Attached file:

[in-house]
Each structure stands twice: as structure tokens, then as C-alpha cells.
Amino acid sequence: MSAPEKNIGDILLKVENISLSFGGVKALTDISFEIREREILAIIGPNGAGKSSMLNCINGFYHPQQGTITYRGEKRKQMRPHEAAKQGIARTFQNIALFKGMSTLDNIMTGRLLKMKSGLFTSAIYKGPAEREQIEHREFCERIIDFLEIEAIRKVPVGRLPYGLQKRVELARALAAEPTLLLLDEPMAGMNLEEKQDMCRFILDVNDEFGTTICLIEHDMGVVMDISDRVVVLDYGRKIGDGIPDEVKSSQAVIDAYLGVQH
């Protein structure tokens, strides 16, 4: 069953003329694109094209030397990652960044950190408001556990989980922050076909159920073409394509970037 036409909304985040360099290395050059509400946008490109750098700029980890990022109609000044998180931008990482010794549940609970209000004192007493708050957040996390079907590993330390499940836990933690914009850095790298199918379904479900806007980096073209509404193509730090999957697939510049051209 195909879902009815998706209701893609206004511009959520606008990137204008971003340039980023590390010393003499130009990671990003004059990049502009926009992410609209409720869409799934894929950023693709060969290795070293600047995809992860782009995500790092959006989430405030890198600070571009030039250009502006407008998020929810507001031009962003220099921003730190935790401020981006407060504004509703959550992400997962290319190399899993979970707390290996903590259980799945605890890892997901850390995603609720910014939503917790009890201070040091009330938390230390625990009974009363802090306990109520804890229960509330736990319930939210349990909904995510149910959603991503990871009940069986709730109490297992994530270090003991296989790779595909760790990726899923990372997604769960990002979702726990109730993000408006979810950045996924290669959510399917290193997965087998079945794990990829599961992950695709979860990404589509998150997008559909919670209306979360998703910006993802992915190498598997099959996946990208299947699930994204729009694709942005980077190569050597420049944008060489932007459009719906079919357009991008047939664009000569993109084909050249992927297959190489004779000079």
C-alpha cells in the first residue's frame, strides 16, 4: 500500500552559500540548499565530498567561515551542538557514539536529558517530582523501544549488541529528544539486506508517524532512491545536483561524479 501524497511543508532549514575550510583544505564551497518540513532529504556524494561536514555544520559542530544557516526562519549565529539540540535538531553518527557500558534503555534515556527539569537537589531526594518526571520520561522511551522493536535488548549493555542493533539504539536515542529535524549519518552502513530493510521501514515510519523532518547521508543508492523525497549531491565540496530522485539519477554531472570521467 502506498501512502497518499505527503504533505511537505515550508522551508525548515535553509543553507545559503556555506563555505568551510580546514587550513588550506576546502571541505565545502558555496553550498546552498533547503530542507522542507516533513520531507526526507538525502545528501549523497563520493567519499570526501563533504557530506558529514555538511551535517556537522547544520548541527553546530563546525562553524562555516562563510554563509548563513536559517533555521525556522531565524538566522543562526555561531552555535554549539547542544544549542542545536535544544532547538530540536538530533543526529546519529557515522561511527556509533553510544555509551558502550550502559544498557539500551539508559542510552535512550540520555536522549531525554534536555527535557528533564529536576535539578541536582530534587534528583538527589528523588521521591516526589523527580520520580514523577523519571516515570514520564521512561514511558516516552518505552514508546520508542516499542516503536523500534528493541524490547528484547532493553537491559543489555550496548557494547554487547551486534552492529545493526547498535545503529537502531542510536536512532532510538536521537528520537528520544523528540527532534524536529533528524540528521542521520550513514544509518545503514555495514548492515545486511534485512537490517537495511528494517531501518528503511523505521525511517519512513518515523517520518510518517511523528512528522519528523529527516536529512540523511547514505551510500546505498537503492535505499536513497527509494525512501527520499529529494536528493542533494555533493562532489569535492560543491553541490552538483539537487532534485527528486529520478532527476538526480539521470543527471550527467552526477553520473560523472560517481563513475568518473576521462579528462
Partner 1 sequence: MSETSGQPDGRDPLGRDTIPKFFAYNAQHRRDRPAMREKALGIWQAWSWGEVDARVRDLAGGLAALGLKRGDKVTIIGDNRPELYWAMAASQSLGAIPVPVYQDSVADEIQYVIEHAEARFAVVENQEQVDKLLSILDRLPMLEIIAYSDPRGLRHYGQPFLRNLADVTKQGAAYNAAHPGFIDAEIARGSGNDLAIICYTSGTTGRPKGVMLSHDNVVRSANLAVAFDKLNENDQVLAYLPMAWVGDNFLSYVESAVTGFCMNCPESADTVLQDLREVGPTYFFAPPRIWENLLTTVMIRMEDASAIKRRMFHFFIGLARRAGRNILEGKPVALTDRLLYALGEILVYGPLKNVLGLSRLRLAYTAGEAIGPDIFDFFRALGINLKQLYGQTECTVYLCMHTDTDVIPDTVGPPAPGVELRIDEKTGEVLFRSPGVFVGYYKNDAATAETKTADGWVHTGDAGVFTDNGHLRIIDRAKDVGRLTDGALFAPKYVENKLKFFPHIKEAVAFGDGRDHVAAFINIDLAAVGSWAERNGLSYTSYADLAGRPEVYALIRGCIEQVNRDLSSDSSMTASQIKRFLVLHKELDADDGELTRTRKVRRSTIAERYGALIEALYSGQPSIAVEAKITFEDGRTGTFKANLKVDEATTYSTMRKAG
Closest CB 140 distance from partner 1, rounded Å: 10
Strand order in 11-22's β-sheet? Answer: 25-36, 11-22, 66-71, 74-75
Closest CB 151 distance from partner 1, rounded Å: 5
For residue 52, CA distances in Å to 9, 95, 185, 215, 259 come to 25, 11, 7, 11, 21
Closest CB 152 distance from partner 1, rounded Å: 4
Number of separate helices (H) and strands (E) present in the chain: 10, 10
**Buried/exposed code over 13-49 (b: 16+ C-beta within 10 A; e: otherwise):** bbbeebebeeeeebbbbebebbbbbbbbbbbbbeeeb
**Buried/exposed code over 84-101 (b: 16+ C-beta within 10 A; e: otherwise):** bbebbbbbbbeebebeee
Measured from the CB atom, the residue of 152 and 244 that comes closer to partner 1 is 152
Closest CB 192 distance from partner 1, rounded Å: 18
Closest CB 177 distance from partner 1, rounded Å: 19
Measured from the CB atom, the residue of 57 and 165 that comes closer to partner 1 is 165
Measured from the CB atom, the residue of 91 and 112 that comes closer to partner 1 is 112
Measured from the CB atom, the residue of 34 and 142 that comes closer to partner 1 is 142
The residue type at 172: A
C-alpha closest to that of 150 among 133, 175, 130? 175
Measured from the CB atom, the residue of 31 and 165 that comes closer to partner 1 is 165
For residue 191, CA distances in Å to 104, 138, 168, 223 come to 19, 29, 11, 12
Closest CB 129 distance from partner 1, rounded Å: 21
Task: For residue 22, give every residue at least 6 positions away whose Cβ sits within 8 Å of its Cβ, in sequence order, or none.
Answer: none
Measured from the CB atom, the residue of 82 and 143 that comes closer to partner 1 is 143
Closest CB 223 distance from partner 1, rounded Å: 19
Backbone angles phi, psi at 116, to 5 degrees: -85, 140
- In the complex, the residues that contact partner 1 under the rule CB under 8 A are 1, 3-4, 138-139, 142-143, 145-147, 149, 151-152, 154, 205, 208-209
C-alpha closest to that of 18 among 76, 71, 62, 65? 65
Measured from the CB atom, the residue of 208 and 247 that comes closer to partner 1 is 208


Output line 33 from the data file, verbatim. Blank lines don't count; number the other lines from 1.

Measured from the CB atom, the residue of 208 and 247 that comes closer to partner 1 is 208